What is a People Analytics Specialist and why is it important to automate the HR analytics and reporting process?

HR Analyst

Of all of the roles in the HR world, HR analysts have one of the least defined job descriptions. But that doesn't mean that they aren't important! On the contrary, HR analysts are crucial in the business world and are more critical now than ever. Not only that, but it looks like that importance will only go up from here.

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Before we can understand why they're so important, we need to understand a simple question: what is an HR analyst and what did they do? And maybe even more importantly — could you see yourself taking on this position in the future?

First, what exactly is people analytics?

The definition of people analytics, also known as HR analytics or workforce analytics, is that it is "used to create and assess insights into an organization’s workforce to determine – and even discover – the contribution of every employee towards meeting strategic objectives, generating revenue, reducing costs, and mitigating risks, to name a few. HR collects employee data [metrics] and through analytics, that data is reviewed to understand what needs to be done to ensure organizational success."

What is an HR Analyst?

Let's take a minute to talk about the HR analyst role and that of a very similar position of HR data analyst or Business Analyst. An HR data analyst rarely has any contact with the people within the company they work for. Instead, they pore over data, both from within their own company and national and international trends in the HR world.

An HR analyst (without the data), does a lot of that but also is focused on the company itself, perhaps still having contact with the actual employees within the company where they work. In many ways, this makes the job of the HR analyst similar to that of the HR business partner, as some companies have for people who act as a liaison between the HR department and the business itself. However, you should remember that an HR business partner is more focused on the communications part of the job versus the data analysis.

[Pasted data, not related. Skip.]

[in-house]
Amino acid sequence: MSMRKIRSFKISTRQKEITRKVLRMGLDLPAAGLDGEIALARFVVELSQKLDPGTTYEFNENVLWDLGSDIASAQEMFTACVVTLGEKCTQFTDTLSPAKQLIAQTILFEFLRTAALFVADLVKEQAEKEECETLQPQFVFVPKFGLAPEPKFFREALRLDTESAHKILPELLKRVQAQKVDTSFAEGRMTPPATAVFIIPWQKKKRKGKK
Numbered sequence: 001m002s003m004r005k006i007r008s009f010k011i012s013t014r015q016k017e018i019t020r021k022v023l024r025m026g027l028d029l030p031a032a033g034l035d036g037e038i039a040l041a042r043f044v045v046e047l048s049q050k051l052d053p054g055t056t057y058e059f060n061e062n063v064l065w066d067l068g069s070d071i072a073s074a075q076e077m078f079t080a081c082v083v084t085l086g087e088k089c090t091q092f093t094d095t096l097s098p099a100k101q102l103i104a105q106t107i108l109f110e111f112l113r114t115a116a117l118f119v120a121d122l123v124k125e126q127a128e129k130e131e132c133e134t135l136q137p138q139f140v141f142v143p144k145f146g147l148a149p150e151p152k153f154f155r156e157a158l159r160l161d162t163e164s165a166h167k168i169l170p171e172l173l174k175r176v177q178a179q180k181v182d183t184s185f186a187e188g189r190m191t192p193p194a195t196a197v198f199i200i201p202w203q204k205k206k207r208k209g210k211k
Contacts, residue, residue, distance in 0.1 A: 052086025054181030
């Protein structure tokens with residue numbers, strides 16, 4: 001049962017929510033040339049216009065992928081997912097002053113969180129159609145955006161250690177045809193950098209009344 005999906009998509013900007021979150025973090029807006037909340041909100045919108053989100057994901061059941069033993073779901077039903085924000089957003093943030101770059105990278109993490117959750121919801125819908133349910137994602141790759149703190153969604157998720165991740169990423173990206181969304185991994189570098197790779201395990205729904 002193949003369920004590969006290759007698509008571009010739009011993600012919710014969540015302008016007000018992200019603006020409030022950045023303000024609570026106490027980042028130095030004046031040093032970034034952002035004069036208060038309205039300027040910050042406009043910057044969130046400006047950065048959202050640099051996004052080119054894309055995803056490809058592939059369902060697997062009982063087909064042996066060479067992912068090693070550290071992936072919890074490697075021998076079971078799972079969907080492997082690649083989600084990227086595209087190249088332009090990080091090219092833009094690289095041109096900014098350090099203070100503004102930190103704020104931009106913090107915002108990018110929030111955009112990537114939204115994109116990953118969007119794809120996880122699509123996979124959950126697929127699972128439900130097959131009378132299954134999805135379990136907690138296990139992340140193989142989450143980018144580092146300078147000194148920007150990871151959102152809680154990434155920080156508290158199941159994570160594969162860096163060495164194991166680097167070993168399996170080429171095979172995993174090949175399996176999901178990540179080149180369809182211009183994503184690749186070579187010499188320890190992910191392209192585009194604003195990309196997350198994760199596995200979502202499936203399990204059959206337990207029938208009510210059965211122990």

The duties of the HR analyst role depend largely on the company they work for, which is why it needs to be clearly defined from the beginning. For example, some companies are looking for a person with predominantly soft skills while others are looking for someone to crunch numbers and do research all day long. Regardless, an HR analyst will help the HR department overall in understanding trends, patterns, and possible strategies moving forward.

In the real world, we can look at actual postings for this position. What do employers actually want for this role? The two primary traits these listings mention are system improvement and being a liaison between departments. That should give you the idea in a nutshell!

Why is this role so important?

HR handles many essential aspects of day-to-day business. Whether or not it's fair to say this, many people look at HR as the department that puts out fires whenever they come up. But the fact is that HR needs to be involved with long term decisions of the company as a whole. For example, what type of people should be working at the company, how much they can earn, what kind of benefits they can expect, and such issues. Just because we don't see human resources as often as we might see our direct management or team members doesn't mean that they aren't working hard to keep things going behind the scenes.

An HR analyst not only takes a look at what's happening within the company, but what the general trends are overall so that the company can plan for the future and understand what's happening in the present. Often, people who make the big decisions are more concerned about the business itself and may not be aware of where things stand in the HR side. The HR analyst role plays a crucial part in ensuring that the people who make those decisions have the information they need to help the company now and in the future.

Want to become an HR analyst?

If you want to become an HR analyst, there are several skills that you need to have in your back pocket. Let's take a look at them one by one and see if you have what it takes!

Human resource expertise

This really shouldn't come as any surprise. For you to really become a good analyst, you need to understand what it is exactly you're doing. This is why it generally takes a few years of experience in the human resources space world to qualify someone to have this position.

What exactly is the point of human resources? What is expected by both employees and management? What role do you play in the overall success of the company? These are the sorts of things you really need to understand in-depth to qualify to be an HR analyst.

Comfort with data

Being comfortable around data is crucial whether we're talking about an HR data analyst or a general HR analyst. A lot of people get into human resources because they like to deal with people, but this role requires you to become a lot more familiar with graphs and spreadsheets.

There's going to be a lot of number crunching to really understand the data in front of you and the need to understand what all these numbers mean. Besides just the research itself, you'll also need to know how to explain that data and have deep knowledge of the three types of HR analytics (descriptive, predictive, and prescriptive), which brings us to the next point.